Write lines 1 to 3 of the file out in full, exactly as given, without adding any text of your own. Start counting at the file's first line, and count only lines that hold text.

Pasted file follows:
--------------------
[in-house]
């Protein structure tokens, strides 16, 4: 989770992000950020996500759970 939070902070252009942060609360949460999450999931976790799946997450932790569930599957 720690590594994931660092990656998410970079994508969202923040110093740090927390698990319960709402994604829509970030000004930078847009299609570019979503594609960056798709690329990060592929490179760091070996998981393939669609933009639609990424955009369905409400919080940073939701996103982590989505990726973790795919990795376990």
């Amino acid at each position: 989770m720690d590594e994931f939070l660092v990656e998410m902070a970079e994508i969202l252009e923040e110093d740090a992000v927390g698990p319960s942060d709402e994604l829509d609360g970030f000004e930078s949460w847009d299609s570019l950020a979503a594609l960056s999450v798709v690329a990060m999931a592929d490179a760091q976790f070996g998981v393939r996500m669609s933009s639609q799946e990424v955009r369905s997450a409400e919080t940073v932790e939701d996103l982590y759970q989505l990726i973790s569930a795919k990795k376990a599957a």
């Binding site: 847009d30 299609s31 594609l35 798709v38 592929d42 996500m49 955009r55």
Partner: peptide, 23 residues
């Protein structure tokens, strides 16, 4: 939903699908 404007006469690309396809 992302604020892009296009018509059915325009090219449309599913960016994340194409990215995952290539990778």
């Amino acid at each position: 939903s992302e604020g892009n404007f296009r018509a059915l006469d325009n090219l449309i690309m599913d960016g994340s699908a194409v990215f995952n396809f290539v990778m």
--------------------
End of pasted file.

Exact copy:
[in-house]
């Protein structure tokens, strides 16, 4: 989770992000950020996500759970 939070902070252009942060609360949460999450999931976790799946997450932790569930599957 720690590594994931660092990656998410970079994508969202923040110093740090927390698990319960709402994604829509970030000004930078847009299609570019979503594609960056798709690329990060592929490179760091070996998981393939669609933009639609990424955009369905409400919080940073939701996103982590989505990726973790795919990795376990």
């Amino acid at each position: 989770m720690d590594e994931f939070l660092v990656e998410m902070a970079e994508i969202l252009e923040e110093d740090a992000v927390g698990p319960s942060d709402e994604l829509d609360g970030f000004e930078s949460w847009d299609s570019l950020a979503a594609l960056s999450v798709v690329a990060m999931a592929d490179a760091q976790f070996g998981v393939r996500m669609s933009s639609q799946e990424v955009r369905s997450a409400e919080t940073v932790e939701d996103l982590y759970q989505l990726i973790s569930a795919k990795k376990a599957a």